Alvin M. Manalansan, Health Fellow of the Stratbase ADR Institute
The recently signed Universal Health Care (UHC) Act, Republic Act 11223, is actually aligned with the current flagship program of the Department of Health, “FOURmula One Plus: Boosting Universal Health Care.”
In a healthcare system, “purchasing” refers to the process by which funds are transferred to healthcare providers to obtain health services for the population. According to the new law, PhilHealth is designated as the national purchaser who will obtain these services.
The implementation of the UHC law will thus constitute critical reforms in the current health system, as PhilHealth will require around P22 billion just for this year. In a statement, Dr. Roy Ferrer, president and chief executive officer of PhilHealth, said that the agency stands to get P18 billion through the General Appropriations Act and an additional P217 billion from premium collections.
In 2017, the total assets of the agency stand at P151.8 billion, with reserve fund of around P85 billion. In the same year, based on the Commission on Audit reports, the agency incurred a net loss of P4.75 billion, negatively affecting the efficient implementation of its program. Aside from this huge loss in 2017, PhilHealth was also unable to avail of the government’s P37.06 billion allocation for indigents premium contribution.
Given the above figures, together with the mandate of the new law, PhilHealth should have by now clear and transparent, and probably multi-year, phases detailing the strategies on how to properly transition the expansion of health coverage. Thorough planning, with regular monitoring and timely evaluation, of phases is vital in the success of the implementation of the new law. A common suggestion during the evaluation process is to hire external evaluators who are qualified to assess, without any bias or conflict of interest.
Allegations of corruption in any sector and level of the government may undermine the efforts in achieving the goal of UHC. Based on the global perspective, 17 percent of people worldwide had paid a bribe when dealing with the medical sector (Global Corruption Barometer 2013 by Transparency International).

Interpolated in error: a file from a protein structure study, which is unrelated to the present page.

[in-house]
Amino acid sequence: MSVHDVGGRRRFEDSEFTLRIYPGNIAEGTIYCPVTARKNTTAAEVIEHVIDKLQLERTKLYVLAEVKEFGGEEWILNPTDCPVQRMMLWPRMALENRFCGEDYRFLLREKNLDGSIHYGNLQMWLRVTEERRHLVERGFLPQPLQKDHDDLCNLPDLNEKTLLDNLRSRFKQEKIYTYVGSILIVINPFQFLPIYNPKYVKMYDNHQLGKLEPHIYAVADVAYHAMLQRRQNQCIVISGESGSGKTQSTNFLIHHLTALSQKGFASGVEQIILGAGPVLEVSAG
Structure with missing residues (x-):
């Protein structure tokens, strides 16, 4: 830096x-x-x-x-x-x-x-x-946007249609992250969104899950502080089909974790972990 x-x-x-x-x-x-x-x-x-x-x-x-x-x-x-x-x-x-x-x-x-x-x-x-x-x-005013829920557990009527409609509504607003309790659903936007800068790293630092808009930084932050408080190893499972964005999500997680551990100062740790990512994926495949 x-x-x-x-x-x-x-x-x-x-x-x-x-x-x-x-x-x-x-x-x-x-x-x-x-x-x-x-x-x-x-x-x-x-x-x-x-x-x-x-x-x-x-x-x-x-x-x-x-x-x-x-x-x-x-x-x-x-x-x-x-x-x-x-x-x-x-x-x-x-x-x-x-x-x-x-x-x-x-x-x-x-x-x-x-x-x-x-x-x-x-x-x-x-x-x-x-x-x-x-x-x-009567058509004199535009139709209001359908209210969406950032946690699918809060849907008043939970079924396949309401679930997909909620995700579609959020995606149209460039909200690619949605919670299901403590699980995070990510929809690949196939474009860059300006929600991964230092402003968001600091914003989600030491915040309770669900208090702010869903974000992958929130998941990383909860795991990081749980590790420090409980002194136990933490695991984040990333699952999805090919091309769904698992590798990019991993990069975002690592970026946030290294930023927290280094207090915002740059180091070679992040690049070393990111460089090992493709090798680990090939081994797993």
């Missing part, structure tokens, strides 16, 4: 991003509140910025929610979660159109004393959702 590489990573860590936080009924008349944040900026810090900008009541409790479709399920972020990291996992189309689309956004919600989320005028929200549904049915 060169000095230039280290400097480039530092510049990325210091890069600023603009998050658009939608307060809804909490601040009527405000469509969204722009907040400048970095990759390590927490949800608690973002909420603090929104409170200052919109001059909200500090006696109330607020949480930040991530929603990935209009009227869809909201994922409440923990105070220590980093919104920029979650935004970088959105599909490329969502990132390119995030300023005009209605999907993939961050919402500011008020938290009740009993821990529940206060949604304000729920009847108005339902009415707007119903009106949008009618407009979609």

The DOH is not exempt from this. In addition to the immunization issue, it also investigated another anomaly pertaining to the construction of Barangay Health Stations worth P8.1 billion. These kinds of allegations in the health system will not help in reaching the goal of universal coverage. These may even deter patients from seeking careup until conditions have become worse, like the series of events that led to the measles outbreak.
On the positive side, Thailand’s journey toward universal coverage has been frequently cited as an example of a middle-income country that managed to provide universal health insurance coverage within a relatively short period of time through strategic purchasing.
Its Universal Coverage Scheme is the largest and most instrumental scheme in the expansion of coverage to the poor and to those in the informal sector. It mostly relies on funding support from the central government and is channeled to providers through a system in which the purchaser and provider are separate from each other.
In the Philippines, PhilHealth needs to have a clear mandate for being a strategic purchaser based on legal provisions that will specify its powers, such as decision-making and a sufficient level of autonomy. On the other hand, the lack of a clear mandate and an unclear division of authority may lead to incoherent decisions on the benefit package, provider payment methods or contracting policies, or even conflict with other agencies or sectors.
As defined by the World Health Organization, “strategic purchasing” means active, evidence-based engagement in defining the service-mix and volume, and selecting the provider-mix in order to maximize societal objectives. This therefore requires a robust, reliable and secure data and information management system to ensure proper governance and operations.
With today’s advancements in technology, the Philippine government is still considered as a novice in terms of effectively deploying appropriate IT systems. Just last month, President Rodrigo Duterte has directed the Philippine Statistics Authority and the Office of the National Security Adviser to speed up the implementation of the Philippine Identification System.
If implemented soon, this unified ID system can be instantly linked to PhilHealth for efficient authentications and data management of the UHC. Likewise, unifying data collection and management of its sub-systems into one will prevent fragmentation and duplication. Hence, more resources maybe allocated to strengthen strategic purchasing based on the population needs.
Majority, if not all, will agree that reforming the present health system of the country to achieve universal health coverage will take more time than expected. A bit of caution to PhilHealth with respect to health purchasing: pursuing unrealistic goals may lead to subsequent disillusionment and barriers to what can be achieved realistically. By now, the leaders of this agency should learn from the previous mistakes and prevent them from happening again, and institutionalize the good lessons from the past years.
Nevertheless, as the national purchaser, it is important that the requirements of PhilHealth must be well aligned with the most reputable and reliable providers. It is equally important for the general population to clearly understand their rights and benefits under the Universal Health Care Act.
This article was originally posted in philstar.com.